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NBA Sterling Drama: The Perils of Avoiding Conflict Within Your Team

Leaders who sidestep messy arguments tend to think they're doing the mature thing. In reality, they're avoiding their most important responsibility.
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The NBA has always known that Donald Sterling had the potential to create public-relations catastrophes.

Why, then, did the league never act on it--until an actual PR catastrophe took place?

From my perspective, it's a commonplace case of narrow-minded leadership, manifesting itself through conflict avoidance. Leadership expert Patrick Lencioni, in his essay "The Trouble With Teamwork," spells out the problem:

CEOs who go to great lengths to avoid conflict often do so believing that they are strengthening their teams by avoiding destructive disagreement. This is ironic, because what they are really doing is stifling productive conflict and pushing important issues that need to be resolved under the carpet where they will fester. Eventually, those unresolved issues transform into uglier and more personal discord when executives grow frustrated at what they perceive to be repeated problems. 

That paragraph sums up the Sterling situation. NBA leadership--specifically, David Stern, the predecessor to current commissioner Adam Silver--never publicly acted on Sterling's track record of trouble. If you're unfamiliar with that track record, it includes a multi-million dollar lawsuit settlement with the Justice Department, which accused him of "systematically driving African-Americans, Latinos and families with children out of apartment buildings he owned," reports the New York Times. 

This settlement was hardly a hidden story. A June, 2009 article in ESPN includes some of Sterling's depositions from the DOJ suit. If you think what he said to Anderson Cooper was incendiary, you should take a look at these depositions. 

The point is that Stern and the NBA, to paraphrase Lencioni, pushed important issues that needed to be resolved under the carpet, where they festered. 

"The content of his lawsuits alone should have been acted on, but the other members of the club--in addition to Stern--should have [held him] accountable," is what one high-level NBA official told Adrian Wojnarowski of Yahoo Sports a few weeks ago. "But no one would touch it. We were always holding players, teams and coaches accountable, yet the standard for owners has been a double standard."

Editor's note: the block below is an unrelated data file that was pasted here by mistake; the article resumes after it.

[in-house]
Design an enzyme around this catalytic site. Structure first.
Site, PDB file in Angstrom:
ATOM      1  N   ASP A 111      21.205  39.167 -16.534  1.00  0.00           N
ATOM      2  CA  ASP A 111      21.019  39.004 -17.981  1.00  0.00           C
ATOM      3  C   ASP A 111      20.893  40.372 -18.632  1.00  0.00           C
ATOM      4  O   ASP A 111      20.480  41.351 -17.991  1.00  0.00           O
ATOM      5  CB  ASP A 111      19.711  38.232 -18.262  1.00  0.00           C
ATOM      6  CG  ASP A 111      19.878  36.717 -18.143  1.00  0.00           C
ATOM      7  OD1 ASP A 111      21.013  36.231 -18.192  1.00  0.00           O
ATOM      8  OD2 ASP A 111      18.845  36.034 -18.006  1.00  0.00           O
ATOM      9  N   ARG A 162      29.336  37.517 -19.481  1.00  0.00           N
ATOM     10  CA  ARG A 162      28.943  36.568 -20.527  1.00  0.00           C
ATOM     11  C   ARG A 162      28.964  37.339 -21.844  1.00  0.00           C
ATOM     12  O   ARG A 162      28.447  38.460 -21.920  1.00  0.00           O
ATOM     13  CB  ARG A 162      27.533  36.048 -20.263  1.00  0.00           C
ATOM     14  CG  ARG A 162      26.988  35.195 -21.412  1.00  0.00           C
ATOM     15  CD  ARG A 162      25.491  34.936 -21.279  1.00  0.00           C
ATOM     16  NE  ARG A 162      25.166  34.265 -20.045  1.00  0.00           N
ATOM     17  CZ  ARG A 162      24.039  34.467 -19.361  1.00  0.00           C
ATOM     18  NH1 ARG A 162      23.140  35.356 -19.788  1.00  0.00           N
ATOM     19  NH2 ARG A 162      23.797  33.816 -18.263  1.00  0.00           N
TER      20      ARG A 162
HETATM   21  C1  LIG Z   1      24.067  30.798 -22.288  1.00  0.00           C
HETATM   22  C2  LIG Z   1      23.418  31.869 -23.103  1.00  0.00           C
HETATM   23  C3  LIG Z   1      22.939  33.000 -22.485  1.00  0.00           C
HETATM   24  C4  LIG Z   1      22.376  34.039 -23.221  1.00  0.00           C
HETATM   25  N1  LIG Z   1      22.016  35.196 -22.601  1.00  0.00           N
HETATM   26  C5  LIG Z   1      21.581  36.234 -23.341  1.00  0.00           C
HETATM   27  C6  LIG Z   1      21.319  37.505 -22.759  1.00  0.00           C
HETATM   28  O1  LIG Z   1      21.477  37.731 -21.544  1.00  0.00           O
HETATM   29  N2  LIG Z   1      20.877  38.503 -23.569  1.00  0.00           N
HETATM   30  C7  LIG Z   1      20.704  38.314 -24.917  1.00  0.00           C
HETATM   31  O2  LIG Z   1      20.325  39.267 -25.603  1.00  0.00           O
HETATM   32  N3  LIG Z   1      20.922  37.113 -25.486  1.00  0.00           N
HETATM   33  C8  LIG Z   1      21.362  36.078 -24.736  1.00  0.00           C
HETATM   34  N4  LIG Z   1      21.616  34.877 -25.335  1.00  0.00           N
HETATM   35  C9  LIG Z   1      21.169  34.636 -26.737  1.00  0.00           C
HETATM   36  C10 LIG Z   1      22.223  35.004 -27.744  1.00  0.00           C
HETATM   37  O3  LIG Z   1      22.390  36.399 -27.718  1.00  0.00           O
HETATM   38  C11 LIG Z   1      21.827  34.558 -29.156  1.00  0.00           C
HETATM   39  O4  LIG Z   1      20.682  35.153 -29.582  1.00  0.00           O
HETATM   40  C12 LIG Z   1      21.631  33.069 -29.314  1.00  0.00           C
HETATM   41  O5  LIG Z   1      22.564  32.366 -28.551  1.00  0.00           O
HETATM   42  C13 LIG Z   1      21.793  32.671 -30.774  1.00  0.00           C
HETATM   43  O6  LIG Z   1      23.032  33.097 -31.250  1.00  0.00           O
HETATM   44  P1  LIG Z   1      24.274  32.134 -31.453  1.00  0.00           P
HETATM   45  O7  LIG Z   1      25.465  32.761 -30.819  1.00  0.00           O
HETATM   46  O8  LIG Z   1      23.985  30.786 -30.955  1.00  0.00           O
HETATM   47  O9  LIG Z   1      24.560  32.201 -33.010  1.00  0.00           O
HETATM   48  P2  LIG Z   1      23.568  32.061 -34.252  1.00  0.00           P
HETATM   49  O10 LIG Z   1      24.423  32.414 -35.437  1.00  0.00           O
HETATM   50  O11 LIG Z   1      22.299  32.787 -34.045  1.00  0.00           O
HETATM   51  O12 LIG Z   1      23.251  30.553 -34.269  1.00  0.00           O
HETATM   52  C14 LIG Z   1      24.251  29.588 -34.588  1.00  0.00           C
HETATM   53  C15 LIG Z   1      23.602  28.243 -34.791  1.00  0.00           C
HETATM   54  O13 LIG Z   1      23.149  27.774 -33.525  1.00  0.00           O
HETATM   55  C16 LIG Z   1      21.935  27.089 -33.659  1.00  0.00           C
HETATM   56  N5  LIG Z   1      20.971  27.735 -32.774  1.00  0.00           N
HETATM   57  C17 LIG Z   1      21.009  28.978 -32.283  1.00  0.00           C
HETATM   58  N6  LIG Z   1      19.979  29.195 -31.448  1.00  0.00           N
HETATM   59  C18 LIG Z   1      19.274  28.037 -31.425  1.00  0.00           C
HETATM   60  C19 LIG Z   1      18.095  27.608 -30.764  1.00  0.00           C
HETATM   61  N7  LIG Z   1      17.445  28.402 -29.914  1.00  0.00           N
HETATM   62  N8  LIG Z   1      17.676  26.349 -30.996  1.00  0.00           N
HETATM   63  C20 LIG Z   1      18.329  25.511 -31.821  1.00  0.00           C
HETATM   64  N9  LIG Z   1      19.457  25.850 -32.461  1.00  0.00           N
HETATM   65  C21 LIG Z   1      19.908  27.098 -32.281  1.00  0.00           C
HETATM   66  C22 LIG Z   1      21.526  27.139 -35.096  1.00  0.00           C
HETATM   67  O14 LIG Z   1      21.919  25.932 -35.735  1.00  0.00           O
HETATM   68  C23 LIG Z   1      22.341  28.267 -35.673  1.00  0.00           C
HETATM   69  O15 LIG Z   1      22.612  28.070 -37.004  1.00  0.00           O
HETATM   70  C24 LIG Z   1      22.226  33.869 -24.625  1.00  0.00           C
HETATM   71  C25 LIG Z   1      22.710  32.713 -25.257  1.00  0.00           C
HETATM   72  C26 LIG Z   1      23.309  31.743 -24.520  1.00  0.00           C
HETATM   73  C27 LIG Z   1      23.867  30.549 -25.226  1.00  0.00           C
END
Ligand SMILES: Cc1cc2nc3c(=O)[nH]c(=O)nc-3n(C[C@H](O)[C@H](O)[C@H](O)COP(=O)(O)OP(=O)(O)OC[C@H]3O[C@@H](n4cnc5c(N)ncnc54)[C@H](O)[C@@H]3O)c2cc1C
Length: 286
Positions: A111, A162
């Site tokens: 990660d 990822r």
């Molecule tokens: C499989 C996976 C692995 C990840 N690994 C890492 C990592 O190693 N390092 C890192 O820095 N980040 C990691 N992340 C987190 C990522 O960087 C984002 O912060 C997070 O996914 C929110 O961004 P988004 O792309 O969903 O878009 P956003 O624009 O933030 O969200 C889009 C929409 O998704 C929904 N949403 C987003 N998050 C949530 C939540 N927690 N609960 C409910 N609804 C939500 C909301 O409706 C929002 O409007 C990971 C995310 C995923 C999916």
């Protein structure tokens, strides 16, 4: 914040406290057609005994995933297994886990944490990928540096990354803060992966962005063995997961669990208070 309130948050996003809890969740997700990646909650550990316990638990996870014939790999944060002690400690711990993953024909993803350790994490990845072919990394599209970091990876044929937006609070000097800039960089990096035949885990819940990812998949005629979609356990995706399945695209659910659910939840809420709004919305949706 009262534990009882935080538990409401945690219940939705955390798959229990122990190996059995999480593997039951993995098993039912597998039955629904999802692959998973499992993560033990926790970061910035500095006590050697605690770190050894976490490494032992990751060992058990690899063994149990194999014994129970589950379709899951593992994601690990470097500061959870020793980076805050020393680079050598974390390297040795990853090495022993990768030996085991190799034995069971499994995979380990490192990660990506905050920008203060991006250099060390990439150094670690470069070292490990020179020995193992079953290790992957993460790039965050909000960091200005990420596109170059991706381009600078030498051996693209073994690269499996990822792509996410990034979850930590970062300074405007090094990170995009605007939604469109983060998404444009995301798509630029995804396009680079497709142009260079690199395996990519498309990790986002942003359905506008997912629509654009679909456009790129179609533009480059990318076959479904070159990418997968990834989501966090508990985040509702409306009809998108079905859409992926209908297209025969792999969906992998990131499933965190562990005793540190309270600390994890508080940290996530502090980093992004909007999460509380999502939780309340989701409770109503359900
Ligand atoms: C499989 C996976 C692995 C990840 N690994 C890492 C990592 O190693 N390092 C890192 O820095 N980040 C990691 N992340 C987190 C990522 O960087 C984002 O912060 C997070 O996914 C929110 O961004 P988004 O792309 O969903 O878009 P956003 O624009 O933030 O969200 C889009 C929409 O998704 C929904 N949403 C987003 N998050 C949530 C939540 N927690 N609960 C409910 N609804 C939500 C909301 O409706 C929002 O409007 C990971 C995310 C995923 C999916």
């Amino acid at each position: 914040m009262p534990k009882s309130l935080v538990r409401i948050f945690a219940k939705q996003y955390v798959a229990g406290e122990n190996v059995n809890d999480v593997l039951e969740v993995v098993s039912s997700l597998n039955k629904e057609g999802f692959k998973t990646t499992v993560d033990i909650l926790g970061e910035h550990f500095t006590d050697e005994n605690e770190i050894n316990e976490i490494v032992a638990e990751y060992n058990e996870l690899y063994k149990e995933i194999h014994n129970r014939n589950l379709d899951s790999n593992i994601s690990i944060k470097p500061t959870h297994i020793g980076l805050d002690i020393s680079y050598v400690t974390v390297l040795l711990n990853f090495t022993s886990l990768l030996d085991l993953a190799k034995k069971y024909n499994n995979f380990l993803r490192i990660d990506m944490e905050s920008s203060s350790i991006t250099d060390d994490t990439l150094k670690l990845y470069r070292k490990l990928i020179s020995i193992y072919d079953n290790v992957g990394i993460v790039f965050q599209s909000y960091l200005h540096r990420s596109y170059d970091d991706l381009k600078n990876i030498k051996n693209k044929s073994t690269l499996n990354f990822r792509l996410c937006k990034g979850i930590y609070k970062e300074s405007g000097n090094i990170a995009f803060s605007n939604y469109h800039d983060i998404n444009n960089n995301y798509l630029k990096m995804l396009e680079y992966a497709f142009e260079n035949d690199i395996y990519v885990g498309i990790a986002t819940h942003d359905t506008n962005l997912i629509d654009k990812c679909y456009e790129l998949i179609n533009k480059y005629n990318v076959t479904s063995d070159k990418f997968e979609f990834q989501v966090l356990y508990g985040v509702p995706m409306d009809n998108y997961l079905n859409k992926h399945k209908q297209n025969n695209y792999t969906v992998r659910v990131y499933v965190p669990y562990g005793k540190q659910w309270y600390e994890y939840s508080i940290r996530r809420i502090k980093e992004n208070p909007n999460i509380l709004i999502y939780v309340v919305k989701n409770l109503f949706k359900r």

Wojnarowski concludeds: "For all the chances Stern had to make a move on Sterling, it never happened because the NBA's owners never pushed Stern to do it. These owners were willing to live with Sterling, willing to be embarrassed by him."

Here's the lesson: If there's a latent conflict or tension in your organization, you need to bring it up while it is still latent. Don't think you're showing true leadership by pushing it under the carpet. It will come back to bite you, and your organization.

What's the best way to bring latent conflicts to the surface, so your leadership team can discuss them and act on them? It's a complicated process--and it's a big reason that Lencioni's firm, The Table Group, is in business. However, here are two quick pointers: 

1. Lead by demonstrating your own vulnerability. If you're the CEO or owner, chances are you're aware of one topic or other that's making your top team or employees resentful, angry, or uncomfortable. Next time you're speaking to the entire company, or the relevant group, bring it up. Confess to it. Ask for feedback about it. Seek ways to improve on it. Make yourself vulnerable. And do it all in a public way. You can't expect your employees to bring up uncomfortable truths if you, as the leader, are keeping uncomfortable topics close to the vest. 

2. Cultivate a culture in which no one is hesitant to oppose you or argue with you. For an example, look no further than Ford CEO Alan Mulally, who recently announced he was stepping down. Al Amador, a principle consultant with Lencioni's firm, The Table Group, likes to tell a story about how Mulally was once asked to name his greatest "technological" contribution to Ford's turnaround.

"I taught my executive team how to argue," was his answer--all but ignoring the word "technological." But never mind the details. The point is that from Mulally's perspective, altering the chemistry of the top team came first: specifically, the change in its behavior, from consensus-seeking to conflict-airing.

In Ford's case, that behavior was the key to an historical turnaround. In the NBA's case, it could've been the key to preventing an historical PR catastrophe. 




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